This woman changed the course of history; however, it seems that the history books have forgotten her.
Mary Somerville is a name that should be read a lot more in history and science books. Her role in mathematics and physics remains fundamental to the development of technologies that are still in use today, yet her figure and importance remain unrecognized.
Who Was Mary Somerville?
Mary Somerville was born on December 26, 1780, in Jedburgh Scotland. At this time, it was thought that women should not be more than housewives. However, Mary managed to become a writer with a deep knowledge of science, mathematics, and astronomy. It was precisely thanks to her that the word “scientist” was first coined in 1834 to describe her.
Mary Somerville was the fifth of seven children of Vice Admiral Sir William George Fairfax and Margaret Charters Fairfax. She received little formal education and secretly taught herself algebra and geometry as she became interested in such reading outside of academia. In 1804, Mary married Captain Samuel Greig, a Russian consul in London and not at all interested in science. They had two children together before he passed in 1806, leaving Mary as a 25-year-old widow.
A Young Widow Devoted to Science
The passing of her husband provided Mary with a rather rare opportunity for women of her time: she discovered that widowhood and a comfortable inheritance had left her both emotionally and financially independent. No longer controlled by her parents or her husband, she was free to study according to her convictions, and fortunately, she had the means to pursue her scientific interests.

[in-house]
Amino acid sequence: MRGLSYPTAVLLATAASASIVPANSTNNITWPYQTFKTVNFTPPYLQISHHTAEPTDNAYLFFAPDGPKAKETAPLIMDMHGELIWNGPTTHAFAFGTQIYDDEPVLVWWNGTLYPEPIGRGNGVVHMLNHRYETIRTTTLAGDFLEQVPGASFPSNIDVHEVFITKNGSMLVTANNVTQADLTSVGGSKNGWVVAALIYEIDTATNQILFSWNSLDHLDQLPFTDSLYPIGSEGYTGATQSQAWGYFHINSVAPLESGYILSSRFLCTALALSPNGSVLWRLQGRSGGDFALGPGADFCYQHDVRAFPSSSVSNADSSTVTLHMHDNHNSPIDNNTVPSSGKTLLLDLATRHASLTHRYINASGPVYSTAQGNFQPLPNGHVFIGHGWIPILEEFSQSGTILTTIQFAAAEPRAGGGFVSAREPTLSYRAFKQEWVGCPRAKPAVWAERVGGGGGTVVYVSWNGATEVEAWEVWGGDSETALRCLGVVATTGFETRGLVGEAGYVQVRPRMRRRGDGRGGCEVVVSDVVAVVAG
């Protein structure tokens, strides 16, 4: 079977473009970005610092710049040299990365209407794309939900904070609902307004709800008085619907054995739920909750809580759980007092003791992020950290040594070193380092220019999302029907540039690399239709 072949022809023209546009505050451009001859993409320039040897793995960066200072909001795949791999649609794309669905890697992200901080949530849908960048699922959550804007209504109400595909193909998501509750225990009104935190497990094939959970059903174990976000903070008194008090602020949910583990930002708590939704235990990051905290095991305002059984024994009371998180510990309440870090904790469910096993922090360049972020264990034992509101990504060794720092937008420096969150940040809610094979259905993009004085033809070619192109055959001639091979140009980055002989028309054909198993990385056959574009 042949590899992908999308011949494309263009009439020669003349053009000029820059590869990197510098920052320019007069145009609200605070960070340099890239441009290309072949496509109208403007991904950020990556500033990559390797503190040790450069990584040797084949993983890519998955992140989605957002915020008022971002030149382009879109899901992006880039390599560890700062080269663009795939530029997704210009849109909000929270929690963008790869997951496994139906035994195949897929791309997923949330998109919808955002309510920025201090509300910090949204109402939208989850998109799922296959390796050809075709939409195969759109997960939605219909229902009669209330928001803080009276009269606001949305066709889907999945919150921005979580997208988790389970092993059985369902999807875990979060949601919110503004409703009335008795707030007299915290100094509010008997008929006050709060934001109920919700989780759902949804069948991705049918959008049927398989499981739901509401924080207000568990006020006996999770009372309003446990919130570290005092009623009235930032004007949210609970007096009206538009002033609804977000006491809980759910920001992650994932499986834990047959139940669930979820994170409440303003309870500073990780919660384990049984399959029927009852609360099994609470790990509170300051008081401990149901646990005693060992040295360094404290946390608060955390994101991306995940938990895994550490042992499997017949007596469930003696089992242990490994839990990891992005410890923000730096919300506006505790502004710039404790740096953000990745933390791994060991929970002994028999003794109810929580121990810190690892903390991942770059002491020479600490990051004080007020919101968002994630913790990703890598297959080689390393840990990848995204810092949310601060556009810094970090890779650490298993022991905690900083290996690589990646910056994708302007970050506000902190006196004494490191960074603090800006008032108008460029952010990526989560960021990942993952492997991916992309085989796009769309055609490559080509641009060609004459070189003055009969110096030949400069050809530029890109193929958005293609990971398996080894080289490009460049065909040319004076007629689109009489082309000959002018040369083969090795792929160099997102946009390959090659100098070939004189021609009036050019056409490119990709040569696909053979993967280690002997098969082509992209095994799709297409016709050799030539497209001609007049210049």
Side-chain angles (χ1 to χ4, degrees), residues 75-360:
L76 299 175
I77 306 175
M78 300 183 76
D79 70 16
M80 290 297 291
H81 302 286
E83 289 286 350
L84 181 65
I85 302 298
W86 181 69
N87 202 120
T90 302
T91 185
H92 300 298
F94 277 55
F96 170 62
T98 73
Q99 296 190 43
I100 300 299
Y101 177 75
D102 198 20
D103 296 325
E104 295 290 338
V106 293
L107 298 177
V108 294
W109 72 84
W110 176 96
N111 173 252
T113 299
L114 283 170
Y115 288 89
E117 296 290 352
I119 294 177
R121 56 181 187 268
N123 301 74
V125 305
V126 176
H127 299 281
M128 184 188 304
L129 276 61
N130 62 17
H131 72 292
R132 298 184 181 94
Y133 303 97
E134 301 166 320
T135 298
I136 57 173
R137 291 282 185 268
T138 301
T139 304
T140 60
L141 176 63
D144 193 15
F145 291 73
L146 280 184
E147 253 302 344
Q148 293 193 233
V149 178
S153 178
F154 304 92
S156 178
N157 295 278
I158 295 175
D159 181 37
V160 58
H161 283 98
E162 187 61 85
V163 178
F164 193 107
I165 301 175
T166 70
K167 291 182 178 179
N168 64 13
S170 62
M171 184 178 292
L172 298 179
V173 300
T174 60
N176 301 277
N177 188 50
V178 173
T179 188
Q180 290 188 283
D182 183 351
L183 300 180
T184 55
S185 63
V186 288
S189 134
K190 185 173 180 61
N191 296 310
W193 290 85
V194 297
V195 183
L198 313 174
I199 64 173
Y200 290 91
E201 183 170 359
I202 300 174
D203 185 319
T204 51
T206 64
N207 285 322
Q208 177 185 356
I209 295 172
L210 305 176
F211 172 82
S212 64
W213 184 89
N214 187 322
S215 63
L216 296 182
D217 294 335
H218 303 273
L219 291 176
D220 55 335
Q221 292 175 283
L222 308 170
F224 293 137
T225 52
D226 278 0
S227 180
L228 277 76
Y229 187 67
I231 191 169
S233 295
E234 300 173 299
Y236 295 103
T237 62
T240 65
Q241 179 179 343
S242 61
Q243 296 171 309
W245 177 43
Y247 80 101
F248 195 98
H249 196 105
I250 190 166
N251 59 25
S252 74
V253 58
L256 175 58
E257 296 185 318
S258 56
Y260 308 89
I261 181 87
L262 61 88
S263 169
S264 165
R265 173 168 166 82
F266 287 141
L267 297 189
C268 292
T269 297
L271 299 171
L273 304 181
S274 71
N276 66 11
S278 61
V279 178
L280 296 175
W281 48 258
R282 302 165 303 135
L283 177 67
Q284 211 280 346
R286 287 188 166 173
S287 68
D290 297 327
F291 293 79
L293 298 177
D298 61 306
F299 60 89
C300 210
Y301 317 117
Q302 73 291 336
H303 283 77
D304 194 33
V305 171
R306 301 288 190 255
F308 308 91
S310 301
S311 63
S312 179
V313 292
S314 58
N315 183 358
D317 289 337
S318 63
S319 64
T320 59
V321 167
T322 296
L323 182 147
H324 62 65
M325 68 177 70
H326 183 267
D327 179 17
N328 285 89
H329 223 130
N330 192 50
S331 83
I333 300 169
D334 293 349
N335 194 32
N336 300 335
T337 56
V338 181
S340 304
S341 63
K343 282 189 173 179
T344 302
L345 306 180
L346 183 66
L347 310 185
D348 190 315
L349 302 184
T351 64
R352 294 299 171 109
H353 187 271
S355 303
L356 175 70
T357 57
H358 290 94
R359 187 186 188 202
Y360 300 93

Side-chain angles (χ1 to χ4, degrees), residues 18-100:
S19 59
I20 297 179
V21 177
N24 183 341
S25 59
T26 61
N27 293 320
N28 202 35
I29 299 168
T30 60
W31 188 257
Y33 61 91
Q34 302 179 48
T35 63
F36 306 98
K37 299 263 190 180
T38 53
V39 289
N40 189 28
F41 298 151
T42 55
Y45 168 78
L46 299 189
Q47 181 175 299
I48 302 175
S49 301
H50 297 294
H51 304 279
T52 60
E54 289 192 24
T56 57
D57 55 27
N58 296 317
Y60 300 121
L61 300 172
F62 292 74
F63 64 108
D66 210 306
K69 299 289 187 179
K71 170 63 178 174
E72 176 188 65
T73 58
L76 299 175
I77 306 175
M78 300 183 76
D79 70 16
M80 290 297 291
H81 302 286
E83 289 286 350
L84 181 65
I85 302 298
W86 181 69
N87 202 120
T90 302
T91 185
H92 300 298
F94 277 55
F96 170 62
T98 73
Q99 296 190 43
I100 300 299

In 1812, Mary married Dr. William Somerville, inspector of the Army Medical Board. William helped Mary quench her interest in science and opened doors that allowed her to meet many of the most outstanding scientists, researchers, and thinkers of the time.
Mary’s scientific research began in the summer of 1825 when she conducted experiments on magnetism. In 1826 she presented her paper entitled The Magnetic Properties of the Violet Rays of the Solar Spectrum to the Royal Society. A defining moment for the history of the world and for Mary came when Lord Brougham, on behalf of the Society for the Diffusion of Useful Knowledge, asked her to translate Laplace’s Exposition du système du monde and the Méchanique céleste into English. When Mary’s translation, entitled The Mechanism of the Heavens, was published in 1831, her fame became imminent.
This work motivated her to do other written works such as The Connection of the Physical Sciences (1834), Physical Geography (1848), and Molecular and Microscopic Science (1869). Her books were very popular thanks to her clear and accessible style, in addition to her deep enthusiasm for the subjects he covered.
The First Scientist
In a review of The Connection of the Physical Sciences, published in 1834, respected critic William Whewell coined the word “scientist” to describe her because until then, the phrase “men of science” was the term used about the profession. “Men and women of science” was a very unwieldy expression, so the problem was solved with the word “scientist.”
In 1835, Mary Somerville and her colleague Caroline Herschel became the first women to be admitted as members of the Royal Astronomical Society; the same year the government granted her an annual pension of 300 pounds in recognition of her work in popularizing science.
Mary and her family moved to Italy in 1838, and there in Naples, she spent the rest of her life working for science until 1872, shortly before her 92nd birthday. A year later, her autobiography was published thanks to the work of her daughter Martha, but it was not commercially successful, and Mary Somerville’s work gradually fell into oblivion.
Somerville College at Oxford University was named after Mary Somerville, as was Somerville Island, off the coast of British Columbia, near the Alaskan border.
Story originally published in Spanish in Cultura Colectiva